The language of a motivator is the secret to motivating others. One of the principles we believe in passionately is MBWA: management by walking around. All the meetings, phone calls and emails in the world can never give you the positive influence and useful feedback you need to run your department or your business effectively.
Regular strolls through your organization will provide plenty of feedback, good and bad.
But when you drop into someone’s workspace or greet them in the corridor, what do you say after you’ve exchanged greetings? Smart leaders take the opportunity to offer encouragement and motivation.
A well-timed word or two does wonders for employees who often worry that they’re not fully appreciated by their leaders and that their efforts and achievements are taken for granted.
Use these phrases with care. If you hand them out too frequently they’ll lose their power and will be regarded as counterfeit management speak. How often you praise or chastise someone is largely a matter for your judgement.
Highly motivated people need only the occasional reminder that they’re valued. Those with less self-confidence may need a pat on the back every week. Where possible, use this technique in a way that others can see and hear you giving your support. They will want to be boosted in that way too and are likely to raise the quality of their work as a result.
Here’s how to do it.
“I’m delighted you’re on our side.”
On the face of it, a simple way to make someone feel included. Research shows that an inclusive environment where they feel valued is one of the most important aspects of job satisfaction and loyalty.
You can give this phrase an extra kick by adding: “We’d have a really hard time if you were working for the opposition.”
“That was a great piece of work.”
This is effective only if you can refer to a specific task or project. For example: “That was a great piece of work you did on the new business presentation.”
Not only is your praise a great motivator but the fact that you know who made a lasting contribution to the organization’s success lets the employee know that you’re taking a close interest in their efforts
“You’re really good at this aren’t you.”
Works best if you visit someone while they’re working or if you have access to their finished product.
It’s a good all-round motivator and is especially useful if you don’t have regular day to day involvement with the person you’re encouraging.
The positive effects of this compliment work well at any level in the organization, from the cleaner or the forklift driver to the head of a division – we all want to be good at what we do and to be recognized for it.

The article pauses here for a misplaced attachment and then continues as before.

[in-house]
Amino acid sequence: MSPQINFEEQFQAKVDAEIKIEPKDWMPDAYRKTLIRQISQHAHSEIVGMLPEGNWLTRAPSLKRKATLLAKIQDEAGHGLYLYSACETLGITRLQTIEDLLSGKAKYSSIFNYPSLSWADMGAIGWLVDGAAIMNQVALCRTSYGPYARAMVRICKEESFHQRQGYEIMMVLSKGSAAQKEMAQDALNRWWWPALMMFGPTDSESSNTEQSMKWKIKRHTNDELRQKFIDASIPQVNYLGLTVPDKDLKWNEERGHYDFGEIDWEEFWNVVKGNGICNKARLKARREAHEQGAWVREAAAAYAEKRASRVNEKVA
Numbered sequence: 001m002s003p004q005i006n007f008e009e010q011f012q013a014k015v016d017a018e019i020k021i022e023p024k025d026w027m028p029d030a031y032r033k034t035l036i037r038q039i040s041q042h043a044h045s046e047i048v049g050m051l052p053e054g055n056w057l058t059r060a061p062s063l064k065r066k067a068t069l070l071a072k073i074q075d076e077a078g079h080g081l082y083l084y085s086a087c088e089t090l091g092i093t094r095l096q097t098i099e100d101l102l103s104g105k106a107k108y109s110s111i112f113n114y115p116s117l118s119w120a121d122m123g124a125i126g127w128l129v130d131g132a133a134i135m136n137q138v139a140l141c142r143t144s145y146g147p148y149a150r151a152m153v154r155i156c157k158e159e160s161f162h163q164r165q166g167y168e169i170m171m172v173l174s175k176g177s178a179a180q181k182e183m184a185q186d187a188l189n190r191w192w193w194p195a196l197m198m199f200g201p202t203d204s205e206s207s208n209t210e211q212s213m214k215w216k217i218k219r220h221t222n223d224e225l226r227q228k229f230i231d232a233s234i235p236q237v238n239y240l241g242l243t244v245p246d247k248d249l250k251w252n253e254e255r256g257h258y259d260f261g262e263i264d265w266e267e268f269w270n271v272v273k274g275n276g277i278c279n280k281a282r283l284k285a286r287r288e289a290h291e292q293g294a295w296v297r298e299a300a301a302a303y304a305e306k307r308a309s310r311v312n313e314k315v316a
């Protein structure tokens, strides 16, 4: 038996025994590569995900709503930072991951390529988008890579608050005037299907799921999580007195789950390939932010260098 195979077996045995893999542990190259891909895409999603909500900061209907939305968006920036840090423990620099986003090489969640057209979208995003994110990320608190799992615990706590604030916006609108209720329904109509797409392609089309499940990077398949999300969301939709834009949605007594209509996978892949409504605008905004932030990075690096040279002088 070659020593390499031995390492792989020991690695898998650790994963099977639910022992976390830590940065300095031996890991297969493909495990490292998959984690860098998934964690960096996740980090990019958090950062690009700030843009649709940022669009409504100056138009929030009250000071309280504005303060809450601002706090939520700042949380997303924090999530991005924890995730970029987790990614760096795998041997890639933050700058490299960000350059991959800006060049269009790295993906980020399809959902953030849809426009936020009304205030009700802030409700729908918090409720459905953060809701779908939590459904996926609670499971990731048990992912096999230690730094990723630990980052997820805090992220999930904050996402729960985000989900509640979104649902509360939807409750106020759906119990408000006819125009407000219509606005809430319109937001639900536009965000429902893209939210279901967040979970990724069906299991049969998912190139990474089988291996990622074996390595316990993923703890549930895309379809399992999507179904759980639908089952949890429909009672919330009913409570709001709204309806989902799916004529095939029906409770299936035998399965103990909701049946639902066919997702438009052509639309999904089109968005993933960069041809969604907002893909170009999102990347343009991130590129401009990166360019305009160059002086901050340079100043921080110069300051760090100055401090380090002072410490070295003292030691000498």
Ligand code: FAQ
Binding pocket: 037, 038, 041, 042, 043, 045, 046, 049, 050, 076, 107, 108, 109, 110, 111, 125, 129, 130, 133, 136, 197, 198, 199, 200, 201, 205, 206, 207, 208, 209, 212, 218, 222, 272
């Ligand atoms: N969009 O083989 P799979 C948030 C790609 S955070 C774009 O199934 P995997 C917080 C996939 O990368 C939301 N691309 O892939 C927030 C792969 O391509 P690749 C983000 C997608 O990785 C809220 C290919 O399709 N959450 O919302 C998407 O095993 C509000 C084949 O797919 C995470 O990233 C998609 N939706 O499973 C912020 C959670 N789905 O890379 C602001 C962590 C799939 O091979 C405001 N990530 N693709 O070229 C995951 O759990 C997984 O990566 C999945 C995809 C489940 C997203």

“I’d like to think you’ll be with us for a long time.”
Another deceptively simple phrase. Perfect for someone you’ve marked down as a long-term prospect for advancement. Also useful if you’re concerned that an a valued worker might be thinking of moving on.
Declaring your interest in having them stay at the company may just be the catalyst they need to open up about their feelings and intentions. If they don’t respond fairly quickly, you can follow up with, “How does that fit with your thinking right now?”
A companion to “That was a great piece of work,” though possibly more appropriate when consoling someone who worked long and hard on a project that ultimately didn’t have the desired outcome.
Can be preceded by “I’m sorry that didn’t work out,” depending on the degree of disappointment they’re feeling, though, as a rule, failures – especially where lessons were learned – should be regarded positively.
“Thank you for your commitment/service/loyalty.”
In the high-pressure world of work, the inattentive leader runs the risk of losing or at least misplacing one of the most powerful words in their vocabulary. To thank someone is probably the easiest way to shift your focus from yourself to them.
Why is it important that you offer your thanks? It’s part of the very foundation of what psychology professor Dacher Keltner describes in his book The Power Paradox:
‘How can we avoid losing power and enjoy enduring respect, esteem and influence? One clue comes from studies of those in power. When we gain power, our attention shifts from a focus on others to what is gratifying for us, leading quickly to the abuse of power. Transcending the power paradox is therefore quite simple: just focus on the interests, humanity and dignity of the people around you.’Dacher Keltner, psychology professor